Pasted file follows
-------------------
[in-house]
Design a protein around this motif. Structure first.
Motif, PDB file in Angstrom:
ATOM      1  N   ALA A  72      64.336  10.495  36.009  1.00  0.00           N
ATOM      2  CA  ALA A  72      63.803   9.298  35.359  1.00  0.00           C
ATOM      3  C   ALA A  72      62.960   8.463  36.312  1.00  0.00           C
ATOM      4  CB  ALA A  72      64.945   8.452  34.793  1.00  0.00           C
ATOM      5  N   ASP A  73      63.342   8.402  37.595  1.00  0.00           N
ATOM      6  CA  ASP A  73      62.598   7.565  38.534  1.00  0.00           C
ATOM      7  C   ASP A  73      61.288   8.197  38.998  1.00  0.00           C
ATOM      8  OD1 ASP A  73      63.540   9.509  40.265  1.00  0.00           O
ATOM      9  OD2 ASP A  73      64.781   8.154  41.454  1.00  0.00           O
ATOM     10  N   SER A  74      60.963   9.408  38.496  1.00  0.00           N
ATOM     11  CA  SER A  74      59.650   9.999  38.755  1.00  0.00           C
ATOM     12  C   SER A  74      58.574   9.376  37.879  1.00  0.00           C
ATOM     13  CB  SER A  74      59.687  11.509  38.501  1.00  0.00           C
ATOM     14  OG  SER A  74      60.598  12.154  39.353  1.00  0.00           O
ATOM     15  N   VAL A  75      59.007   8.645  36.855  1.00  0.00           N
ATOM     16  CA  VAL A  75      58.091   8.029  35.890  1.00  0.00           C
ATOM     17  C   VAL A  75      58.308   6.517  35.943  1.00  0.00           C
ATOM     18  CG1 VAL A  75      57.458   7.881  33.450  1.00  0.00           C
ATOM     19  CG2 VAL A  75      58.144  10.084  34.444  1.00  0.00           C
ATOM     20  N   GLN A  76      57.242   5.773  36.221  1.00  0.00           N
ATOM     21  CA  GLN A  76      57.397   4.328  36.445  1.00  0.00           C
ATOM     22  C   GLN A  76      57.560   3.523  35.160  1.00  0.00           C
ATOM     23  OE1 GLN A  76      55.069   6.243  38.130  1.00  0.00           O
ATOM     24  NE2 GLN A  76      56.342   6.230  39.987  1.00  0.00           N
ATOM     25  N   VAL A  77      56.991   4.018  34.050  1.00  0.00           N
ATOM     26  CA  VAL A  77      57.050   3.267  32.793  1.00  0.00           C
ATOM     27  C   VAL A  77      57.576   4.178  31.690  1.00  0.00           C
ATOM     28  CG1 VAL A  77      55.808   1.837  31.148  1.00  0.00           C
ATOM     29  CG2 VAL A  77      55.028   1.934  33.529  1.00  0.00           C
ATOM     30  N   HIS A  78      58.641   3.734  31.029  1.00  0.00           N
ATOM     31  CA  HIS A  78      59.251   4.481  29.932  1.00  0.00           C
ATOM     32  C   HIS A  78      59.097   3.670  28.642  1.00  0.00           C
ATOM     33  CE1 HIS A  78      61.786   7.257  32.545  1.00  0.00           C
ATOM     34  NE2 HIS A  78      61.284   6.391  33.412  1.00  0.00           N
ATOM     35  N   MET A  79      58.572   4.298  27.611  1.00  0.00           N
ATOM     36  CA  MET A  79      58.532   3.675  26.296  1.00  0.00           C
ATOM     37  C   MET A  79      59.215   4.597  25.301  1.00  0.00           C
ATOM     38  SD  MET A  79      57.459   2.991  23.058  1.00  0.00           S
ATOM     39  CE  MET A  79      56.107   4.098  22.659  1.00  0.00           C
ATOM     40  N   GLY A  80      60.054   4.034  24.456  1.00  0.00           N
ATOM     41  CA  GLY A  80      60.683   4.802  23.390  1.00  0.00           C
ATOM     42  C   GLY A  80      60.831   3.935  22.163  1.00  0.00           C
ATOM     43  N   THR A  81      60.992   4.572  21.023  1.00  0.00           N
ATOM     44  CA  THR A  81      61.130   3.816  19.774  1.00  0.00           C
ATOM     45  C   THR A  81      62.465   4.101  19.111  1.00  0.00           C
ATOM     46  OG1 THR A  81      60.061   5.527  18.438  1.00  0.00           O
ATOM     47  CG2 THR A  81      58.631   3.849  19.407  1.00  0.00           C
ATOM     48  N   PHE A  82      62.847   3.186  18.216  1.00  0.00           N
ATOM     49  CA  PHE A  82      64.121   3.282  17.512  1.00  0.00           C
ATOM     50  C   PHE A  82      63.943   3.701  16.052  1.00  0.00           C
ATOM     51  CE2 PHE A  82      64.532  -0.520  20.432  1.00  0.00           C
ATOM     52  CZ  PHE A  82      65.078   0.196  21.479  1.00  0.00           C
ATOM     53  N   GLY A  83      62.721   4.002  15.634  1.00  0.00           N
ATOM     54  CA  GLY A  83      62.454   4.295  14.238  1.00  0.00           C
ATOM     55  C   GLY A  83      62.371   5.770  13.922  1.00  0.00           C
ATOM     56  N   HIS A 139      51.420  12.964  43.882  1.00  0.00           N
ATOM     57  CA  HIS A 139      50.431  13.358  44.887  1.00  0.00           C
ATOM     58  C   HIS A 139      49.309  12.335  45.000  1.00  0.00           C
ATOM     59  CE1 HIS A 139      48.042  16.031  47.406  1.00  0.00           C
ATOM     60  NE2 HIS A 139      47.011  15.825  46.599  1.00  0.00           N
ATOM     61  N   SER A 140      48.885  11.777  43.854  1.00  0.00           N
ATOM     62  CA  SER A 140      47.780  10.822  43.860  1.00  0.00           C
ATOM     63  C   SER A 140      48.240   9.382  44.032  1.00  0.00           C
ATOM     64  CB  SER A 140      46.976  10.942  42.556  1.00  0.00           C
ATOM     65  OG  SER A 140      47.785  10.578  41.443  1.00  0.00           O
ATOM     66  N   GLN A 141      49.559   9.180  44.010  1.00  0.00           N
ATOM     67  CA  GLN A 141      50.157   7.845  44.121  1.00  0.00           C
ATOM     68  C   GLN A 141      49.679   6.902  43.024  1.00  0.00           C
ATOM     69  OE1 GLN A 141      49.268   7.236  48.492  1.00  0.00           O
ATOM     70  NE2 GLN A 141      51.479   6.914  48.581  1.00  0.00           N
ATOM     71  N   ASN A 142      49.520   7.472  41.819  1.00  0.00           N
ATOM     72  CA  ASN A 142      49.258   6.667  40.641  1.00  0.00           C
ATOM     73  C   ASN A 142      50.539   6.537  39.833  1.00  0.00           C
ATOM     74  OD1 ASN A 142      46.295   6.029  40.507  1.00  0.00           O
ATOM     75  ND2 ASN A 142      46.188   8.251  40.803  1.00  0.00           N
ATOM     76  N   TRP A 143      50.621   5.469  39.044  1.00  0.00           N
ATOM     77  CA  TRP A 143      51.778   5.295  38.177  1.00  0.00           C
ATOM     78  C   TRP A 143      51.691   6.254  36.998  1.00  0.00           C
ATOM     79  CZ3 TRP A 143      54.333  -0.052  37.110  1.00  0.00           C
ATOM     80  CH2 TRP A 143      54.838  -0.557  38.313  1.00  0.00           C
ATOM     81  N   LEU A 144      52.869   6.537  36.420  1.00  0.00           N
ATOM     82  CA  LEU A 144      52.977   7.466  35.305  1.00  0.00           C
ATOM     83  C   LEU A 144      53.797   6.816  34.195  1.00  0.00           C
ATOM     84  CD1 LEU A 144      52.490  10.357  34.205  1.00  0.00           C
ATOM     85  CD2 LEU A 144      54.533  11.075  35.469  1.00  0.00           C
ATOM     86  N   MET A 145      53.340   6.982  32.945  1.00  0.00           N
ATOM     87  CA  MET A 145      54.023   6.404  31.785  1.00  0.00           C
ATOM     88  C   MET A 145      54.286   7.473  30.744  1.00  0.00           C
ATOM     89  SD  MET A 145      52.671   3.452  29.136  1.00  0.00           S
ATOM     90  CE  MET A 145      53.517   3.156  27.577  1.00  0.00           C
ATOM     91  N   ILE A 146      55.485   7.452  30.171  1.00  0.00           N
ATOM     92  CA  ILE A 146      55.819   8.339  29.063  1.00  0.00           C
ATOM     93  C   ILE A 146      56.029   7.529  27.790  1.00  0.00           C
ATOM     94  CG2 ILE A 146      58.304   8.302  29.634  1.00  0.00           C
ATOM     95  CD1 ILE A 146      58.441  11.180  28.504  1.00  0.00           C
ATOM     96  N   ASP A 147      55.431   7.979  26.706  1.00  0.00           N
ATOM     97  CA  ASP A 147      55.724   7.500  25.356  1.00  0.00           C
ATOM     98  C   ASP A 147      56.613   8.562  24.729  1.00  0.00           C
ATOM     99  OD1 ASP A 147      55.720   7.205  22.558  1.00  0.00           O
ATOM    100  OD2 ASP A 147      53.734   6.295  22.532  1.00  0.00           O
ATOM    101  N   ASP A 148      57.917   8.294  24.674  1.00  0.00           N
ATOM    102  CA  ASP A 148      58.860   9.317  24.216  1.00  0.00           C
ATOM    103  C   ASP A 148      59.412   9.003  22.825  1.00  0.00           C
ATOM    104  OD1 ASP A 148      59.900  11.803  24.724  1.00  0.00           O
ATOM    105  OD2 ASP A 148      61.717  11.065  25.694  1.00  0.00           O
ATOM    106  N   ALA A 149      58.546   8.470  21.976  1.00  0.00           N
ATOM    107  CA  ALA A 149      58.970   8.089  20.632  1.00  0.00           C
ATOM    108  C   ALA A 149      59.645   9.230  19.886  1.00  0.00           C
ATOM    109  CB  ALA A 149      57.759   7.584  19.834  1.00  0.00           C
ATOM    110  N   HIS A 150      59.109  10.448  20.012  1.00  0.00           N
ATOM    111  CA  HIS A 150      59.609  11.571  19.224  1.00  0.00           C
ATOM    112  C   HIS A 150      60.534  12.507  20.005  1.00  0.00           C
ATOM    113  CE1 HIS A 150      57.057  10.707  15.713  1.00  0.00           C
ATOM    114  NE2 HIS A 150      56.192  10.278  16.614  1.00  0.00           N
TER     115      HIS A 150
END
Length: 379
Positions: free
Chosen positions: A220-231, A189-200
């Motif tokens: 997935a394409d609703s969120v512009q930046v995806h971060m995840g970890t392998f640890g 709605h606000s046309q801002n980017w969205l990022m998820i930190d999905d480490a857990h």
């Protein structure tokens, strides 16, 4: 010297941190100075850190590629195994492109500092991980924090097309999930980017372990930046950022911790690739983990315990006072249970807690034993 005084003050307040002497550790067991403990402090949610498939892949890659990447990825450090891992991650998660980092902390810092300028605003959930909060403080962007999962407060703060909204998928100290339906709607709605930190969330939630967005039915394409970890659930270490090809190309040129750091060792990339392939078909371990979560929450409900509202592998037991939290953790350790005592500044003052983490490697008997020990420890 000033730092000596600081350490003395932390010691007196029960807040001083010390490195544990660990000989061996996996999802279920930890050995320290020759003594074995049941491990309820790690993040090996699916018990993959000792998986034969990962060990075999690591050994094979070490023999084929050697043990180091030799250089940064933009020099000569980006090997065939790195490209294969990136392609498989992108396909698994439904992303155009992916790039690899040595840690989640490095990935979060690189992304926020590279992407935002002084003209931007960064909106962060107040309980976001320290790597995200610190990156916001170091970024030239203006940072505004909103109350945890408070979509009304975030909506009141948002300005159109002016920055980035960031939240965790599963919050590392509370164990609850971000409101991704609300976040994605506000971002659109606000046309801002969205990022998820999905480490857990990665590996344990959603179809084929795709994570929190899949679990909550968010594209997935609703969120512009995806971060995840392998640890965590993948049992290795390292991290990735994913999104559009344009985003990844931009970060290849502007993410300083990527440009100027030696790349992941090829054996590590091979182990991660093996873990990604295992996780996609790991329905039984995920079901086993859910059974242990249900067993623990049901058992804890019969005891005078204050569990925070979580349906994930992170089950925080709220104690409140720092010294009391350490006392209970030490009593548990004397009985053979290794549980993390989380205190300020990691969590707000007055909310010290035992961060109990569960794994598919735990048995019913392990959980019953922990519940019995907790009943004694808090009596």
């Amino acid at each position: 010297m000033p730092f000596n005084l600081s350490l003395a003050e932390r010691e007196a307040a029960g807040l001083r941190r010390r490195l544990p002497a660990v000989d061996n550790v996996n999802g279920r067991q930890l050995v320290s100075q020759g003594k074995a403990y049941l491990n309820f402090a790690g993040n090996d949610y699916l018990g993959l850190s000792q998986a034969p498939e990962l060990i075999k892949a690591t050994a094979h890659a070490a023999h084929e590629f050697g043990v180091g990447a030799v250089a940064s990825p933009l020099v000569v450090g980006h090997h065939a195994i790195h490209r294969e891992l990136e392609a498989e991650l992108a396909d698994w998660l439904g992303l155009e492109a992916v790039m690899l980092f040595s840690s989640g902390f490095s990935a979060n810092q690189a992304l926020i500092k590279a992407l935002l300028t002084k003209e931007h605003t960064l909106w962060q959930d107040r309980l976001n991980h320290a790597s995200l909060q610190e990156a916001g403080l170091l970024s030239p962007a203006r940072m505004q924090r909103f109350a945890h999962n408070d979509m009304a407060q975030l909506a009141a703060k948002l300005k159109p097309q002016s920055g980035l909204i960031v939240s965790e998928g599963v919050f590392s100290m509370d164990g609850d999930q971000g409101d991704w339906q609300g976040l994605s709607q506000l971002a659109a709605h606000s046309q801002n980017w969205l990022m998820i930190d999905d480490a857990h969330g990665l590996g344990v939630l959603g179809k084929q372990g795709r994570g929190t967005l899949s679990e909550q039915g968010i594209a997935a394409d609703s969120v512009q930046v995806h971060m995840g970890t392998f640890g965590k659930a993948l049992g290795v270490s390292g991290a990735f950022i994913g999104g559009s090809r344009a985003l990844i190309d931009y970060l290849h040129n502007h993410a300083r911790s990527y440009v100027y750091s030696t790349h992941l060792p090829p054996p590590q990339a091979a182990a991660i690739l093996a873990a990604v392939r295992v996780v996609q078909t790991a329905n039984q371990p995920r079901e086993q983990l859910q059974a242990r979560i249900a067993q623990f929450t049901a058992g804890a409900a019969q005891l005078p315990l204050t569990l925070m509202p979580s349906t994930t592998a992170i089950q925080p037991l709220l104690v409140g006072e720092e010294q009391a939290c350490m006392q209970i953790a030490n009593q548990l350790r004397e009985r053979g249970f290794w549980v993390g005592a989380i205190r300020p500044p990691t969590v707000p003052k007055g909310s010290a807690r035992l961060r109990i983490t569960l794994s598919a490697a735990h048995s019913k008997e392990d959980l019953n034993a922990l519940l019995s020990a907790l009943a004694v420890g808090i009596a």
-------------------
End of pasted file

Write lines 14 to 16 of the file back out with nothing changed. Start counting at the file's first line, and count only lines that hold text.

ATOM     11  CA  SER A  74      59.650   9.999  38.755  1.00  0.00           C
ATOM     12  C   SER A  74      58.574   9.376  37.879  1.00  0.00           C
ATOM     13  CB  SER A  74      59.687  11.509  38.501  1.00  0.00           C